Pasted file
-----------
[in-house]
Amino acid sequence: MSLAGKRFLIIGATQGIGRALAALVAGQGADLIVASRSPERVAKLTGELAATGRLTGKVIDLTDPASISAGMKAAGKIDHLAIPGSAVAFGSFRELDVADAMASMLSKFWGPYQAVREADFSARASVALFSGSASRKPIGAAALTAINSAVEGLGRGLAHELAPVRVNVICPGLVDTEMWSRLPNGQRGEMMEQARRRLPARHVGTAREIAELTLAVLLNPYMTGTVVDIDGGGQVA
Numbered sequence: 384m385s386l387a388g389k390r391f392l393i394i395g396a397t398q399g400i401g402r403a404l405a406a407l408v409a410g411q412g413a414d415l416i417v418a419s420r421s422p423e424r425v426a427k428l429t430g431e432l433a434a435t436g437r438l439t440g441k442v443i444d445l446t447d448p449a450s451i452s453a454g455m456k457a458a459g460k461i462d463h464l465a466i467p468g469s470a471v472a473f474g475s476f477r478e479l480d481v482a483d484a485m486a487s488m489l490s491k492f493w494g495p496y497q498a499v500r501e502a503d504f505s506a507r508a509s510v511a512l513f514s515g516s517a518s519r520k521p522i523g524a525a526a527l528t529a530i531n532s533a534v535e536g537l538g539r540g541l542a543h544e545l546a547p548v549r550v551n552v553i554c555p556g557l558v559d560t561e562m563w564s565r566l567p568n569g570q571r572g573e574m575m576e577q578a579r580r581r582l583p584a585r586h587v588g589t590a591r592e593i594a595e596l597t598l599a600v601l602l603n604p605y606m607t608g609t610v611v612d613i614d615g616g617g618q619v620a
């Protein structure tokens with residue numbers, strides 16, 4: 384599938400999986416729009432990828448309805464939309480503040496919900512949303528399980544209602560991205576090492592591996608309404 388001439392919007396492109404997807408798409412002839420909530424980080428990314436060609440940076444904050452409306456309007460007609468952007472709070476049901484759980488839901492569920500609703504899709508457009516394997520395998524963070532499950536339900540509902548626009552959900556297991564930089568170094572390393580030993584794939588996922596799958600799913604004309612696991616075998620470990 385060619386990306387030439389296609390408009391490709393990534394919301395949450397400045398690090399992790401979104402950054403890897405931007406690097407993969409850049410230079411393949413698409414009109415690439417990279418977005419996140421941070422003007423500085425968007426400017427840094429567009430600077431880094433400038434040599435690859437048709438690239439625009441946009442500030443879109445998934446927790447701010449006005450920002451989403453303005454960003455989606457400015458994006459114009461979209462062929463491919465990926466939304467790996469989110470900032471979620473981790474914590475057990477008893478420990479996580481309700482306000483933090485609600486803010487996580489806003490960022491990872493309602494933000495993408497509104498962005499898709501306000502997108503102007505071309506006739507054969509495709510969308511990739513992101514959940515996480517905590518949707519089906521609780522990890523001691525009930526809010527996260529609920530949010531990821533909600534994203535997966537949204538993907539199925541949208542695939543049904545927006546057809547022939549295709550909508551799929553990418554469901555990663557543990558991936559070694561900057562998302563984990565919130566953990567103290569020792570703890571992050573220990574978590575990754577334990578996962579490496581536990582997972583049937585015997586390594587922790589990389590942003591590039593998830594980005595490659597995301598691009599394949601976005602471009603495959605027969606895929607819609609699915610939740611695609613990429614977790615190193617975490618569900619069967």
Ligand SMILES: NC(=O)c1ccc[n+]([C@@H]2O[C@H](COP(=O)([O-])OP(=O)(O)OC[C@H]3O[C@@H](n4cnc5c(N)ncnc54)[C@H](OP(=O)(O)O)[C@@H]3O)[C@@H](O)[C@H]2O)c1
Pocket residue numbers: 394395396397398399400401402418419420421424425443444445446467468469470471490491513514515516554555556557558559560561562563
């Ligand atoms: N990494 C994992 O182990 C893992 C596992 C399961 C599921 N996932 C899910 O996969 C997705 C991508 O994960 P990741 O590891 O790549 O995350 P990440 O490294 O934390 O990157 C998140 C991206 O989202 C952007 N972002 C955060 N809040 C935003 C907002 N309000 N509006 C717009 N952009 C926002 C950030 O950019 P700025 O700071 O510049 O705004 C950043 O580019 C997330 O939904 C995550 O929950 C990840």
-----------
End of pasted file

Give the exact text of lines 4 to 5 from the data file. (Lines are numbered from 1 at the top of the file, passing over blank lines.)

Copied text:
């Protein structure tokens with residue numbers, strides 16, 4: 384599938400999986416729009432990828448309805464939309480503040496919900512949303528399980544209602560991205576090492592591996608309404 388001439392919007396492109404997807408798409412002839420909530424980080428990314436060609440940076444904050452409306456309007460007609468952007472709070476049901484759980488839901492569920500609703504899709508457009516394997520395998524963070532499950536339900540509902548626009552959900556297991564930089568170094572390393580030993584794939588996922596799958600799913604004309612696991616075998620470990 385060619386990306387030439389296609390408009391490709393990534394919301395949450397400045398690090399992790401979104402950054403890897405931007406690097407993969409850049410230079411393949413698409414009109415690439417990279418977005419996140421941070422003007423500085425968007426400017427840094429567009430600077431880094433400038434040599435690859437048709438690239439625009441946009442500030443879109445998934446927790447701010449006005450920002451989403453303005454960003455989606457400015458994006459114009461979209462062929463491919465990926466939304467790996469989110470900032471979620473981790474914590475057990477008893478420990479996580481309700482306000483933090485609600486803010487996580489806003490960022491990872493309602494933000495993408497509104498962005499898709501306000502997108503102007505071309506006739507054969509495709510969308511990739513992101514959940515996480517905590518949707519089906521609780522990890523001691525009930526809010527996260529609920530949010531990821533909600534994203535997966537949204538993907539199925541949208542695939543049904545927006546057809547022939549295709550909508551799929553990418554469901555990663557543990558991936559070694561900057562998302563984990565919130566953990567103290569020792570703890571992050573220990574978590575990754577334990578996962579490496581536990582997972583049937585015997586390594587922790589990389590942003591590039593998830594980005595490659597995301598691009599394949601976005602471009603495959605027969606895929607819609609699915610939740611695609613990429614977790615190193617975490618569900619069967």
Ligand SMILES: NC(=O)c1ccc[n+]([C@@H]2O[C@H](COP(=O)([O-])OP(=O)(O)OC[C@H]3O[C@@H](n4cnc5c(N)ncnc54)[C@H](OP(=O)(O)O)[C@@H]3O)[C@@H](O)[C@H]2O)c1